1. Our brains can only handle about 7 plus or minus 2 elements.
George Miller of Harvard University and others have performed research that has shown that the human brain can only cope with, remember, or distinguish among about 7 plus or minus 2 elements. Most business decisions not only have more than 7 things to consider, they also involve intuition, rationality, and risk and uncertainty.
Most association business decisions are more complex; i.e., they have many more than 7 elements.Association Project Portfolio decisions are probably the most complex decisions association managers have to make, and in the face of limited resources, it’s so important to get them right.
2. Decision makers need to make trade-offs among conflicting objectives.
For example, when we consider purchasing an airline ticket, we want to consider price and also the number of stops or plane changes. We want to be able to say whether price is more important or non-stop is more important. We might want the $400 fare but would consider paying more because our time is valuable.
This is known as compensatory decision-making.
3. Business decisions involve both quantitative and qualitative objectives.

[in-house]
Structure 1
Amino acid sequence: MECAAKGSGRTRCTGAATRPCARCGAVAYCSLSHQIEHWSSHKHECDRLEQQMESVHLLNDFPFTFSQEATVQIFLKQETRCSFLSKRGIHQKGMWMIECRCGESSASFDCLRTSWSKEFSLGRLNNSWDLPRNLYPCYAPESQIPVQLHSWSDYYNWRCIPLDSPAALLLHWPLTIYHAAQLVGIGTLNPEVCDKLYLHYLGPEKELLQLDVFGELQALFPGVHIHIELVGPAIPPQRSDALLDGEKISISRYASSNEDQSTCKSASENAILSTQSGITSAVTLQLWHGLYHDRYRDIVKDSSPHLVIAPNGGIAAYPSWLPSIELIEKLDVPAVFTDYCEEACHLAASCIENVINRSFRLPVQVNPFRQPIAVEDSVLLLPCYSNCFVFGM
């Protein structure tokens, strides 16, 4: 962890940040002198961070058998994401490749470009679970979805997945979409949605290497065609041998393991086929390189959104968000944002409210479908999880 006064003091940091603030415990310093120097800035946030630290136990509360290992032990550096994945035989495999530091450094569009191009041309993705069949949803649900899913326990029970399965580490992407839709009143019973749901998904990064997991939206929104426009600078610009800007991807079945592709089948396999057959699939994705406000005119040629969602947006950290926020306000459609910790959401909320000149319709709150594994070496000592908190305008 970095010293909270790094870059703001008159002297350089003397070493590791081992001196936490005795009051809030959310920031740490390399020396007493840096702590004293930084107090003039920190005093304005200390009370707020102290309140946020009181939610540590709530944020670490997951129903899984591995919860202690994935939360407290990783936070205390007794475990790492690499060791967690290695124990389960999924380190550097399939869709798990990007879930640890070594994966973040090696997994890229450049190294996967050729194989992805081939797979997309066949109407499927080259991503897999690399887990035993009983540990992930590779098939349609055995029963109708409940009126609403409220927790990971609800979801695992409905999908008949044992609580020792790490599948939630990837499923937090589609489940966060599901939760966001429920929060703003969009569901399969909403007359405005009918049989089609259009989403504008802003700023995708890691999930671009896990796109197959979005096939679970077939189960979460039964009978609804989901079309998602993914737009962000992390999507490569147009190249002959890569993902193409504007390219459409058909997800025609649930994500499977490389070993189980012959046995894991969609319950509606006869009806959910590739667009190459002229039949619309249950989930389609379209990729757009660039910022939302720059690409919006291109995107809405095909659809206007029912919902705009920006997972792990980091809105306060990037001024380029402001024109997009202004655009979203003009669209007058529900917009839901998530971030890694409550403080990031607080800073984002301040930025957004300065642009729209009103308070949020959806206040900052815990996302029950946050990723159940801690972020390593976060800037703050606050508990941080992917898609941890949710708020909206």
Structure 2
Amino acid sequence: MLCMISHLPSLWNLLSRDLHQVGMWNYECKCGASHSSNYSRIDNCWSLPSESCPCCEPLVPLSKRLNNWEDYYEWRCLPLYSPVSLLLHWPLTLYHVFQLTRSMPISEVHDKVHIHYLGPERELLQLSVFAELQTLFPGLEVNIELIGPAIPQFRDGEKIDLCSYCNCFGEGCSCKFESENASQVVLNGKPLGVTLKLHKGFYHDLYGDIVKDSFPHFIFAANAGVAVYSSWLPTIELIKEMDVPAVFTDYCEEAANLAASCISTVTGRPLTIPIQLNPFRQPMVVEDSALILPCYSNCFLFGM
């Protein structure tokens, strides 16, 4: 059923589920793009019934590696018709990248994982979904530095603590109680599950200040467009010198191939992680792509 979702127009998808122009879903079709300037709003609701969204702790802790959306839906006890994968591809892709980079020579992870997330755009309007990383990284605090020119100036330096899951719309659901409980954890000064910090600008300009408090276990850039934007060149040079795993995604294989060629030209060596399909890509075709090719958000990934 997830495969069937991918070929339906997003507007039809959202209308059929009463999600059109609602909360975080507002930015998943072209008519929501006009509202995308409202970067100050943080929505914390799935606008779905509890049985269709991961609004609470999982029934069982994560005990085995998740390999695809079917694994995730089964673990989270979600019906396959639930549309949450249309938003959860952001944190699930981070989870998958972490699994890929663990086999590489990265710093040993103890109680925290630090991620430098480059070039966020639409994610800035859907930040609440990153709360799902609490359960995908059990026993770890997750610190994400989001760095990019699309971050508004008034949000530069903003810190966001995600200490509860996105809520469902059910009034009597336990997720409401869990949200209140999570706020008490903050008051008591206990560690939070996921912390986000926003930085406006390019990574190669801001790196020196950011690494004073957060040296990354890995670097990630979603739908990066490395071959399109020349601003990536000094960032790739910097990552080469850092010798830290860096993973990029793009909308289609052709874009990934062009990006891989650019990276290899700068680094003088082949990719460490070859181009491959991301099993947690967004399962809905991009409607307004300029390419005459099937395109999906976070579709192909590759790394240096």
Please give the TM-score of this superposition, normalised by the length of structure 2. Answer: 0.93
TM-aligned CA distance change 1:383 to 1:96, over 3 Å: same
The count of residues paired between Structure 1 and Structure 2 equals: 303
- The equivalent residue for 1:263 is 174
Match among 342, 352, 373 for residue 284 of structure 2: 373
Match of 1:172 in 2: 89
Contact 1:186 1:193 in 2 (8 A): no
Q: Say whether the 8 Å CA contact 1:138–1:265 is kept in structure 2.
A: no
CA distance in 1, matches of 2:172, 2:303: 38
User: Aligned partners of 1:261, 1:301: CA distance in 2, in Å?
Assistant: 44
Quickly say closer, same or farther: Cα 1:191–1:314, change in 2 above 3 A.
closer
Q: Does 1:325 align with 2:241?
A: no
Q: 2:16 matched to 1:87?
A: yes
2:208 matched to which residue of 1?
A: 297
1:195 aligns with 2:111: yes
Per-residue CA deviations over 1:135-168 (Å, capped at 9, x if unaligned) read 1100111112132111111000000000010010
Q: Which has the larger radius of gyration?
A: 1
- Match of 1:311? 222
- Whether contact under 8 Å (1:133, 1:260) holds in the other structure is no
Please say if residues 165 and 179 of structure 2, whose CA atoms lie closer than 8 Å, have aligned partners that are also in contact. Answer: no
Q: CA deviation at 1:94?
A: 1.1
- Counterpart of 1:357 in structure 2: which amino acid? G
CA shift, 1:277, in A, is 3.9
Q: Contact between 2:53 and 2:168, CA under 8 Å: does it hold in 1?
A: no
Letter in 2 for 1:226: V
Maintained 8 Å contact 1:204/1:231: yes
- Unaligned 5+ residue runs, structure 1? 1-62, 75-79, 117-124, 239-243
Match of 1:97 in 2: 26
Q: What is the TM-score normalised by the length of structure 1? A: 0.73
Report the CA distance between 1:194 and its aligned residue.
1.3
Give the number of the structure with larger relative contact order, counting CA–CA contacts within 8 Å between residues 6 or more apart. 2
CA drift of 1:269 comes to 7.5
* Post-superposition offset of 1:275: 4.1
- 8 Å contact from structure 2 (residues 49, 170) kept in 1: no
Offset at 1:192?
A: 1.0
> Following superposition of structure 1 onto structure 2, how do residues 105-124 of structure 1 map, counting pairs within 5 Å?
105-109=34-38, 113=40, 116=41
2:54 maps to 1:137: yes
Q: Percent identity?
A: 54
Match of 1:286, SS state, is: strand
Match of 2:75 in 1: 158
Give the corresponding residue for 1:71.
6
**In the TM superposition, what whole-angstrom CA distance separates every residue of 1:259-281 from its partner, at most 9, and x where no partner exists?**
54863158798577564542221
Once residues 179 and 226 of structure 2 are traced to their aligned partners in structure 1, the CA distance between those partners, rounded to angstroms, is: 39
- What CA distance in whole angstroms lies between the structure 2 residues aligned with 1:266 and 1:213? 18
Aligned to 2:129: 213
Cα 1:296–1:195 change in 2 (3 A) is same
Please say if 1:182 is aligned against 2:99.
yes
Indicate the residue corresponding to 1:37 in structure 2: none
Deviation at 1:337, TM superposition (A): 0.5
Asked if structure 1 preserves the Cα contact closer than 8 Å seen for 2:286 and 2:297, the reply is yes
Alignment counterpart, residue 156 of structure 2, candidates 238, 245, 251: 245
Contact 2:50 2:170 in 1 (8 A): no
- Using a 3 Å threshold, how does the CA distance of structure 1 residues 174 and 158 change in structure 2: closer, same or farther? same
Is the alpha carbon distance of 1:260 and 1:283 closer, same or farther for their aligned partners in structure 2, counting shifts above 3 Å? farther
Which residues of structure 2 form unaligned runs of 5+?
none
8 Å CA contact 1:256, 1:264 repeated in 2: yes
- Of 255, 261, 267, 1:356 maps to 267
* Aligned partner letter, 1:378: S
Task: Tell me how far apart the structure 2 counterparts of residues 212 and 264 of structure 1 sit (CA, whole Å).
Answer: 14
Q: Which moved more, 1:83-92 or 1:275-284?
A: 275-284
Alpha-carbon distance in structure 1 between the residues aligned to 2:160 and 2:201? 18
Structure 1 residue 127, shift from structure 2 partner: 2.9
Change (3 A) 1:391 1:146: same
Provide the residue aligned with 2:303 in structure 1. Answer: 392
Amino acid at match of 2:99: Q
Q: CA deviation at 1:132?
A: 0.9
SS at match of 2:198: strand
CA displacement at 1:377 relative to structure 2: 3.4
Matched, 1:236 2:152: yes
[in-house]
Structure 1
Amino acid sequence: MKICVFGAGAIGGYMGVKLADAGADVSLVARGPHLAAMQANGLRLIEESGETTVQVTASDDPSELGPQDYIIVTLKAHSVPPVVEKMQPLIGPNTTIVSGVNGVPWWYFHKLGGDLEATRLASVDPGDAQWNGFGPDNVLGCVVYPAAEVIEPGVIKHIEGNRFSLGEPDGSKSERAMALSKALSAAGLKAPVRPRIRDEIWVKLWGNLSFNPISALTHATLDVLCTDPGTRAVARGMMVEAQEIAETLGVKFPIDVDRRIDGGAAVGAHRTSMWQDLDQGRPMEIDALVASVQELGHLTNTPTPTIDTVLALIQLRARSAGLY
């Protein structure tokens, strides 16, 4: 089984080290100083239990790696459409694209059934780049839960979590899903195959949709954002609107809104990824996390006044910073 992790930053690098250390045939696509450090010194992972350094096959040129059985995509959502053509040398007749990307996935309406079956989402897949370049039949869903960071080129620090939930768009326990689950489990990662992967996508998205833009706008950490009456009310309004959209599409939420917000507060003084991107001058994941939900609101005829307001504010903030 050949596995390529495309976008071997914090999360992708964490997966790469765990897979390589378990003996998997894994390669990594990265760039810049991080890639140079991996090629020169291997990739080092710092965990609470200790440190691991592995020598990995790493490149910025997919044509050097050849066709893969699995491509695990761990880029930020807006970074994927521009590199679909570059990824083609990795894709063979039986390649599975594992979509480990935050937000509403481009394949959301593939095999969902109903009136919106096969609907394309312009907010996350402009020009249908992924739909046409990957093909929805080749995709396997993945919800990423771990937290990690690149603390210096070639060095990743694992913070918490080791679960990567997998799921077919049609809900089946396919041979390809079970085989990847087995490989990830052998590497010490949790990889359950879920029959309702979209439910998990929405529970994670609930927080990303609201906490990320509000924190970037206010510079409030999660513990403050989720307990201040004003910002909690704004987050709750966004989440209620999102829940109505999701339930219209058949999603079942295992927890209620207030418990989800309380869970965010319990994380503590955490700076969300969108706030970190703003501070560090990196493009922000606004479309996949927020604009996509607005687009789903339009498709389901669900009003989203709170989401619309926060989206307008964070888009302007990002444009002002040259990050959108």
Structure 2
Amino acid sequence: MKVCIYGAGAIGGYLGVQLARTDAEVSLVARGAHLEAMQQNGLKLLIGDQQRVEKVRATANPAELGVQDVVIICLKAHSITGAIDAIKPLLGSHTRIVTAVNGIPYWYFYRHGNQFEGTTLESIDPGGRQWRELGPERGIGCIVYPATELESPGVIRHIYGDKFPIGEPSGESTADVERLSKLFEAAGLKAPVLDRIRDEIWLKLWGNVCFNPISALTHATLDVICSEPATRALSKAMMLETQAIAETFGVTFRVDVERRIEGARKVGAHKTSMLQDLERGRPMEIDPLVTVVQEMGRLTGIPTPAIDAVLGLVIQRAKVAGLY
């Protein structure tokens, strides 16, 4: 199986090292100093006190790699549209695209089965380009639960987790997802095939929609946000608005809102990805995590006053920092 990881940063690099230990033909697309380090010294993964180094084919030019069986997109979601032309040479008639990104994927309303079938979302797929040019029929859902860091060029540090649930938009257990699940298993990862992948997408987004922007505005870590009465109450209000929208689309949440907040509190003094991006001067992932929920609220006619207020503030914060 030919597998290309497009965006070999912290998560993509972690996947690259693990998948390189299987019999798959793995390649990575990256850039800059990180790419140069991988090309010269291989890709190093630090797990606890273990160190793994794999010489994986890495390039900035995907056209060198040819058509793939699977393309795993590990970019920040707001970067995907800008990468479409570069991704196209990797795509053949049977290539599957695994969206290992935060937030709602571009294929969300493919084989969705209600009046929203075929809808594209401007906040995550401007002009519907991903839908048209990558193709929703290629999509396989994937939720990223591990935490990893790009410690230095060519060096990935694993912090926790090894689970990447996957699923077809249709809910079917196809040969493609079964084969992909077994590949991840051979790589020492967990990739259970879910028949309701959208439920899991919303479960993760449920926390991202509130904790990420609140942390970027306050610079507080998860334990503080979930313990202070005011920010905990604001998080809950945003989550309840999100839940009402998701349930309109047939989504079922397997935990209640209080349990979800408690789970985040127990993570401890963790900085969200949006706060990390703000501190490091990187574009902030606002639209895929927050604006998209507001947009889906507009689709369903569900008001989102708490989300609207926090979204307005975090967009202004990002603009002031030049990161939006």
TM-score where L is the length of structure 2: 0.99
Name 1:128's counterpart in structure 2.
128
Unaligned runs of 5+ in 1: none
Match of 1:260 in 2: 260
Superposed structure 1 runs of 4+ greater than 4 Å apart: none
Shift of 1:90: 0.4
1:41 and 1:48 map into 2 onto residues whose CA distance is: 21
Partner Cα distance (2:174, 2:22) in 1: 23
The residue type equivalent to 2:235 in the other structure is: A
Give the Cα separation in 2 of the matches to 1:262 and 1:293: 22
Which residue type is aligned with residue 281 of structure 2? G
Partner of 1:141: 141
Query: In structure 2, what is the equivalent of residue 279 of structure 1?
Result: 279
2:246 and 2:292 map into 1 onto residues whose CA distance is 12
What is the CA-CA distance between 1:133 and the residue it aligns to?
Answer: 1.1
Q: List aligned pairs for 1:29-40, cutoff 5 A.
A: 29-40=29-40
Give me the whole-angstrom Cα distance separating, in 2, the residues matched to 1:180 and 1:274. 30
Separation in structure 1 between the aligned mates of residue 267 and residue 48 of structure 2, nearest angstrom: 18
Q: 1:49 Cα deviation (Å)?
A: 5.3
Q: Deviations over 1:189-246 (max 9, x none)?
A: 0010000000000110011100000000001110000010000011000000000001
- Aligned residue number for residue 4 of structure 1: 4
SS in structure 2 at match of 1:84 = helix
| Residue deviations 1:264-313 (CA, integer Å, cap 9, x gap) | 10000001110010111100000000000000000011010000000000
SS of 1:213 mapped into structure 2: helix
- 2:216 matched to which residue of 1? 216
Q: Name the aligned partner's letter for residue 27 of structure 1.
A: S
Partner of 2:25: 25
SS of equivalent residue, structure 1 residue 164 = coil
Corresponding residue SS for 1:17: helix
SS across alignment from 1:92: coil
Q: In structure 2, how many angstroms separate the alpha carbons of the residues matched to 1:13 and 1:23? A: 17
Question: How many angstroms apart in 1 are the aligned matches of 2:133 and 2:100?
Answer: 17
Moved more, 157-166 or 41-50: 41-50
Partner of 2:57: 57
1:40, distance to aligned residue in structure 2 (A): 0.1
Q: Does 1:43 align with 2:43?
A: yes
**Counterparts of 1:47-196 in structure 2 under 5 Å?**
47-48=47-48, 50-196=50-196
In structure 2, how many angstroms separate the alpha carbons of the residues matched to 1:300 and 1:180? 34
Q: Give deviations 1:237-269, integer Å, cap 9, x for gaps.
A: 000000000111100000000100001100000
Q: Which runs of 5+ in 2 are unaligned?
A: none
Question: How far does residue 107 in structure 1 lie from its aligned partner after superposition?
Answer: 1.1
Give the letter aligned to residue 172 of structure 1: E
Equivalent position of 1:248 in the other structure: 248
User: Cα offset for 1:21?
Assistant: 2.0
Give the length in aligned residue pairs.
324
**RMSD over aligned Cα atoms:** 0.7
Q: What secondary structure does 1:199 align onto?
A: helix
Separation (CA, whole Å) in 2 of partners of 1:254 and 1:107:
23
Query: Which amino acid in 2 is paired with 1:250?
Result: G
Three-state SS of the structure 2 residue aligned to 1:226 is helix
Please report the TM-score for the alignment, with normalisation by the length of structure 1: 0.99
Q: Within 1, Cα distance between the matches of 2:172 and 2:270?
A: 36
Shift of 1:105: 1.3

Even in a simple decision, we often have conflicting objectives, such as good taste versus good health when choosing what to eat for lunch. Decisions in associations, business and government are much more complex, of course.
How do you value customer trust versus revenue? How do you weigh the importance of social responsibility versus economic gain? Social responsibility is qualitative; economic gain is quantitative.
How can associations make complex portfolio decisions productively and accurately, without succumbing to the loudest voice or the lateness of the hour? They can use the decision approach called the Analytic Hierarchy Process developed by Thomas Saaty and employed by thousands of corporations, governments and academic institutions worldwide. See how using the Association Hub PPM Toolkit.